You’ve found an artwork you love. Your hand is 95 percent of the way to your pocket, and all that’s needed is a little reassurance you’re making the right decision. In instances such as this where you’re wondering what your desired artwork might look like in your space, Melbourne-based art collector Nikita Le Messurier says art visualising apps are helpful. “This kind of technology is useful if you would like to realise the relative proportions of the work. Apps can overlay the image of a painting onto a wall through the lens of your phone, or place an artwork into a space and move it around digitally.” Most art visualising apps are available for free with in-app purchases to upgrade to additional features. These are our recommendations.
The WALLARY app goes a step further and uses augmented reality to scan your own space, allowing you to place artwork anywhere in a real-time environment. Upload an image of your artwork and start AR mode to view and move it around within your interior. Using AR technology is similar in style to gaming apps like Pokemon Go; WALLARY brings artwork into your home without leaving the gallery. Experiment with size and placement via your phone — there are no rules when it comes to how you incorporate art into your home. “Galleries are very helpful in this regard too,” Le Messurier adds. “I was considering a piece for a specific space recently, and one of the gallery assistants at STATION used photoshop to proportionally fit the work into a photograph of the room.”
VOUN FRAME X
On a smaller scale, the Voun Frame X app helps with choosing the right frames and matts for wall-based frameable pieces and shows how different textures and hues work with an artwork. Users can choose from a diverse range of frames before overlaying them onto an image of their artwork. Designed as a tool to choose framing rather than visualising an entire interior, Voun does allow you to see how a frame looks on a variety of wall finishes. To avoid aesthetic conflicts, Colliver recommends sharing your digital mockups with your significant other. “You don’t want them to tell you how much they dislike an artwork after you have paid for it as this can be discouraging and affect your confidence.”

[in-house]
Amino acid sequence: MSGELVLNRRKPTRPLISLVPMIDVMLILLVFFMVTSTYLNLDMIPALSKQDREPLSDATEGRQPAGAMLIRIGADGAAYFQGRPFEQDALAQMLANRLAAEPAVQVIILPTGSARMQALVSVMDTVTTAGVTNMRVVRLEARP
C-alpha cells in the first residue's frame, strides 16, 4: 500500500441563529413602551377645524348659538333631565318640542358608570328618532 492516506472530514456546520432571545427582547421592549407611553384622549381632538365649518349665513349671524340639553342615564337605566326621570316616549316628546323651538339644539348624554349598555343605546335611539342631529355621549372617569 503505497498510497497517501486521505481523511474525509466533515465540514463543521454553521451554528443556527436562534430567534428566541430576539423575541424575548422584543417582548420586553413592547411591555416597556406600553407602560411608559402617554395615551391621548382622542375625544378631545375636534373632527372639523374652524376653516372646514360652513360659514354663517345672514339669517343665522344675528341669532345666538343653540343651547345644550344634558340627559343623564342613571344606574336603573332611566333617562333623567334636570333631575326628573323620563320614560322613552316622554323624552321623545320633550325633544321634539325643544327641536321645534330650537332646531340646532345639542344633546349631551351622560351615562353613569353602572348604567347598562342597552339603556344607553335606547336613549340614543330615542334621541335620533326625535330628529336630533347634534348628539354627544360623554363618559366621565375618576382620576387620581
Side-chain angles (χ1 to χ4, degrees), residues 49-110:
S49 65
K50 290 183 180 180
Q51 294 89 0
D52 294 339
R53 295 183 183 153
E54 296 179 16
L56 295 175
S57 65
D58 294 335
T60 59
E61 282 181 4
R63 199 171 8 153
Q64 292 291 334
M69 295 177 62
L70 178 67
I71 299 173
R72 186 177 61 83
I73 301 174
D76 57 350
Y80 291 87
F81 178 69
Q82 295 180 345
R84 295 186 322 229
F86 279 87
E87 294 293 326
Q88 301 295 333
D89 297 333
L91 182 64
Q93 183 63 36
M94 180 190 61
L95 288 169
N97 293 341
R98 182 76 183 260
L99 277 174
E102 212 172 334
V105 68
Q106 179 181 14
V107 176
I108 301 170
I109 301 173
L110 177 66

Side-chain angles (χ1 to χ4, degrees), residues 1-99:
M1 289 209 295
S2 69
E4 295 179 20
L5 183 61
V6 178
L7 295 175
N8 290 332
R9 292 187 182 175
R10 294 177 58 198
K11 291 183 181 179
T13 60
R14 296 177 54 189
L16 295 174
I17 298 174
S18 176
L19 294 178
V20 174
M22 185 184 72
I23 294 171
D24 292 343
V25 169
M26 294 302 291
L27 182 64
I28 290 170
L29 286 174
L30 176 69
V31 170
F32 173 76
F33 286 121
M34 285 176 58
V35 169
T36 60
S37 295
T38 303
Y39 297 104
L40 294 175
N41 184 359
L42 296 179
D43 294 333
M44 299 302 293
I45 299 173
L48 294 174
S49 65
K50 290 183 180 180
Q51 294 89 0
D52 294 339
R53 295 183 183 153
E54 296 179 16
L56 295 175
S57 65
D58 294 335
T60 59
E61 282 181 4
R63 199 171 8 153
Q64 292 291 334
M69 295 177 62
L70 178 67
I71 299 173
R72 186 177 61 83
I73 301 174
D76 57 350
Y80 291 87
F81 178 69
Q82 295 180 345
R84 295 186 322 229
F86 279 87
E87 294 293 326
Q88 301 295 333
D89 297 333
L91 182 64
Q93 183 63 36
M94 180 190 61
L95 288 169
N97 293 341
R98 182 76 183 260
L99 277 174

In a different vein and pushing the boundaries of art visualising apps is Acute Art. Bringing the gallery to you in a uniquely personal way, Acute Art is a digital platform collaborating with internationally renowned artists to create work specifically for the virtual and augmented reality environments. Like being the curator of your own art show, users can select digitally animated works by artists like KAWS, Judy Chicago and Anish Kapoor, to interact with their real-time environment via a phone screen — providing a one-on-one experience with art in any space you choose.
Popular with galleries and artists, Artrooms is a virtual staging app allowing users to upload photos of their art into a predetermined space. There is a huge range of interiors to cycle through. Choose light filled rooms, paint the room a certain colour or see how your artwork looks in a living space compared to a bedroom. The option to add multiple artworks to one room is also available here. A small painting for a tight corner or a varied collection spread across an eclectic salon hang. “Be curious,” says Art Pharmacy founder and curator Emilya Colliver. “Like wine, art is a very personal taste.”
Above: Behind the dining table sit works by Ramesh Mario Nithiyendran, Nabilah Nordin and Troy Emery with oil paintings by Paul Ryan. Courtesy: Zoe Murphy.